2014 Annual Research Grants

  • Karel Liem, MD, PhD
  • Yale School of Medicine
  • New Haven, Connecticut

Characterization of a Novel Mouse Mutant of the DYT4-Associated Gene Tubb4a

  • Tubb4a is expressed by specific cell populations within the brain and spinal cord and has been identified as a gene associated with the hereditary dystonia DYT4. The neural processes disrupted by Tubb4a mutations that lead to dystonia are unknown. The lab has generated a mouse mutant of Tubb4a that develops a dystonic phenotype and seeks to better understand the neural circuits and cellular pathways that are disrupted in dystonia. Researchers are using mouse genetics to better characterize and identify the disrupted neural cells. This will lead to better understanding of DYT4 and other dystonias and potentially support development of new therapies


  • Roy Vincent Sillitoe
  • Baylor College of Medicine
  • Houston, Texas

Determining the Trigger for Cerebellar Dystonia

  • Defects in brain communication are always involved in dystonia. While studies have shown that communication problems in the cerebellum can cause the disease, the mechanism of this defective communication is unclear. Using mouse models, the lab is examining the mechanisms that trigger this cerebellar miscommunication. The lab’s strategy is to manipulate the function of specific connections called synapses. They hypothesize that the cerebellum may have one type of synapse that is extremely susceptible to dystonia pathogenesis. Therefore, altering its function may be a major trigger for the disease. They have found that altering this synapse causes severe dystonia in mice, with a striking similarity to what is observed in humans. This model offers an ideal strategy with which to validate potential treatments.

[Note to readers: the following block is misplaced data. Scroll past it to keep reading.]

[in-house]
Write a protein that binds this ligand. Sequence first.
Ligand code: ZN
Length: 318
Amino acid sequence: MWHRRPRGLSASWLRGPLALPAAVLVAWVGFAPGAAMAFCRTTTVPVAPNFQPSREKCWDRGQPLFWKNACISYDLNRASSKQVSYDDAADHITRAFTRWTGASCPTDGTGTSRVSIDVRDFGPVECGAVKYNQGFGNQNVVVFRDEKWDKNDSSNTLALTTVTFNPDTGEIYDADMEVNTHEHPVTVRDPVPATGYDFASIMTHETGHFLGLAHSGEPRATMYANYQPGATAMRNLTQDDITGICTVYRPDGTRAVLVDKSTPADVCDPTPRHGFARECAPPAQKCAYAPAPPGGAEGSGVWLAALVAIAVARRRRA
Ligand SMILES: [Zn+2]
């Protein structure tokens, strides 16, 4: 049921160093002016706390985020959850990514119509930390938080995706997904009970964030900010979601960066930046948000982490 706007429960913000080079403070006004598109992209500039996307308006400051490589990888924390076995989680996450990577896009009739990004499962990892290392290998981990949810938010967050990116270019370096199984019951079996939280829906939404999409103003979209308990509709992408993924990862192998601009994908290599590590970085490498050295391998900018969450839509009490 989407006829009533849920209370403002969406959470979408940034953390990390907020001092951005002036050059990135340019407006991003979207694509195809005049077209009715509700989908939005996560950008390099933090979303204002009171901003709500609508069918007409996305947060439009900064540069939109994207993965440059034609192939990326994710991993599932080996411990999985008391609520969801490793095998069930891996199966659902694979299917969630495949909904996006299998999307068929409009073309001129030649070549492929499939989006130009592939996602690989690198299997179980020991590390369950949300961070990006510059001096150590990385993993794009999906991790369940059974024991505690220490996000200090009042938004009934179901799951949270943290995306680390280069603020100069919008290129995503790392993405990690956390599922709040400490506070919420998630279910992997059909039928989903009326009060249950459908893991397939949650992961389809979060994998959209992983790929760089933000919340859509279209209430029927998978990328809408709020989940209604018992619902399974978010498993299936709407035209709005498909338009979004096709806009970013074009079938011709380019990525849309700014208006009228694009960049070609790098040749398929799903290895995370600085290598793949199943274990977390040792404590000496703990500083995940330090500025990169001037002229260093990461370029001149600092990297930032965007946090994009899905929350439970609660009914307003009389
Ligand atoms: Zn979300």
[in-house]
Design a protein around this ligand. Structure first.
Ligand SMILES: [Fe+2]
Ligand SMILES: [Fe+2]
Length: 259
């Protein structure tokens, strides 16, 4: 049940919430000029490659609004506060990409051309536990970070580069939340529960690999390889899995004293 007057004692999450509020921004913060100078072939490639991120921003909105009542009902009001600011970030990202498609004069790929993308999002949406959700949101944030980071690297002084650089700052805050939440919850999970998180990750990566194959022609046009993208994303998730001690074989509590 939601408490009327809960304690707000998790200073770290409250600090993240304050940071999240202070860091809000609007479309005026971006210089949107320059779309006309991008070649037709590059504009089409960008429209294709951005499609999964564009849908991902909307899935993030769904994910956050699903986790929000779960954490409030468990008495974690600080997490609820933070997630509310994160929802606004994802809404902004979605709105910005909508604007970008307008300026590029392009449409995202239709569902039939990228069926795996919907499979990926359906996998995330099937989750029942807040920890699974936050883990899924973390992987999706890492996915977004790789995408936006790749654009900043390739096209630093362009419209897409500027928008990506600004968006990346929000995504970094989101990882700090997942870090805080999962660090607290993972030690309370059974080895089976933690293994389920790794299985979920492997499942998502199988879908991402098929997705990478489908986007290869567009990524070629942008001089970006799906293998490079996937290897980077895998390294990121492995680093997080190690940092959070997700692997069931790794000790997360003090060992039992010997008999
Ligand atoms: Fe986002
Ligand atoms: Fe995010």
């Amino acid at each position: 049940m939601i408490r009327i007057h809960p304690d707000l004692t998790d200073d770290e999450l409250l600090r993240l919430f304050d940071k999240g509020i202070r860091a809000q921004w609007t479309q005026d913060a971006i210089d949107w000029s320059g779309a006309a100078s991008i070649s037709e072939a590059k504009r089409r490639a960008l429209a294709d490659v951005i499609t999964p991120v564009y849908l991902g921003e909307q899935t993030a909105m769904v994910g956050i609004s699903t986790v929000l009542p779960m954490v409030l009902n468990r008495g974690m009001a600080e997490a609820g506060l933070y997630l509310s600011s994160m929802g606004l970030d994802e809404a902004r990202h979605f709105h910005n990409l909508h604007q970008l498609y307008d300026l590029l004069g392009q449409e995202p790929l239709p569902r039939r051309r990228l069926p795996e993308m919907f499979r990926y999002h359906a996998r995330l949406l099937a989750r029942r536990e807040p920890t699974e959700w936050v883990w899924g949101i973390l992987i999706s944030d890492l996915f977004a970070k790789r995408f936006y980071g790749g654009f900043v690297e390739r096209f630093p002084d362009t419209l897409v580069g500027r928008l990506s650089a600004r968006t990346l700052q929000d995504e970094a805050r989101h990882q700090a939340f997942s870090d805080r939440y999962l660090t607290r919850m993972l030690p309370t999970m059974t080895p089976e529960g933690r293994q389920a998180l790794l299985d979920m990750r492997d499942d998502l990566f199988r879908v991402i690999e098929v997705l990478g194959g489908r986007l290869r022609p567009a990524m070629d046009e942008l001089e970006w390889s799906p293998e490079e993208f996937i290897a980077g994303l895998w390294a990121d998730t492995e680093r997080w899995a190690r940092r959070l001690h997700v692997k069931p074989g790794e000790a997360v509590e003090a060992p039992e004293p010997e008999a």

• Veronique VanderHorst, MD, PhD
  • Beth Israel Deaconess Medical Center
  • Boston, Massachusetts

Cholinergic Spinal Interneurons Mediating Regional Dystonic Phenotypes

  • The neural circuitries that mediate the twisting movements of dystonia are not fully understood. Insight into these circuitries is relevant as they may be involved in various types of dystonia or could form potential new targets for intervention. The lab is using a novel technology, called Designer Receptors Exclusively Activated by Designer Drugs (DREADD), to induce a dystonia-like response in mice by activating small clusters of cholinergic neurons in the spinal cord. These neurons can then be reversibly activated by a designer drug that does not affect other neurons. Following activation, dystonia-like phenotypes are elicited. The lab is examining what changes occur following chronic activation and withdrawal of chronic activation.



  • John Hardy, PhD
  • UCL Institute of Neurology
  • London, United Kingdom

Development of a Neuronal <odel of PANK2 Sssociated Neurodegeneration with Brain Iron Accumulation (NBIA)

  • Neurodegeneration with brain iron accumulation (NBIA) refers to a group of inherited neurodegenerative diseases characterized by progressive, severe dystonia, parkinsonism and pyramidal signs with accumulation of iron in brain tissue. NBIA is aggressive; there is no effective treatment and most patients die by their early twenties. Genetic mutations in the pantothenate kinase 2 gene (PANK2) are the commonest cause of NBIA. To produce a model of NBIA with a human genetic background, the lab developed specialized cells from NBIA patients with PANK2 mutations. The future plan in these models will be to rescue the neuronal function of PANK2 with certain compounds and to develop other NBIA neuronal lines for investigation.


  • Narayanan Nandakumar, MD, PhD
  • University of Iowa
  • Iowa City, Iowa

Serotonin Neuron and Dyskinesias in Parkinson's Disease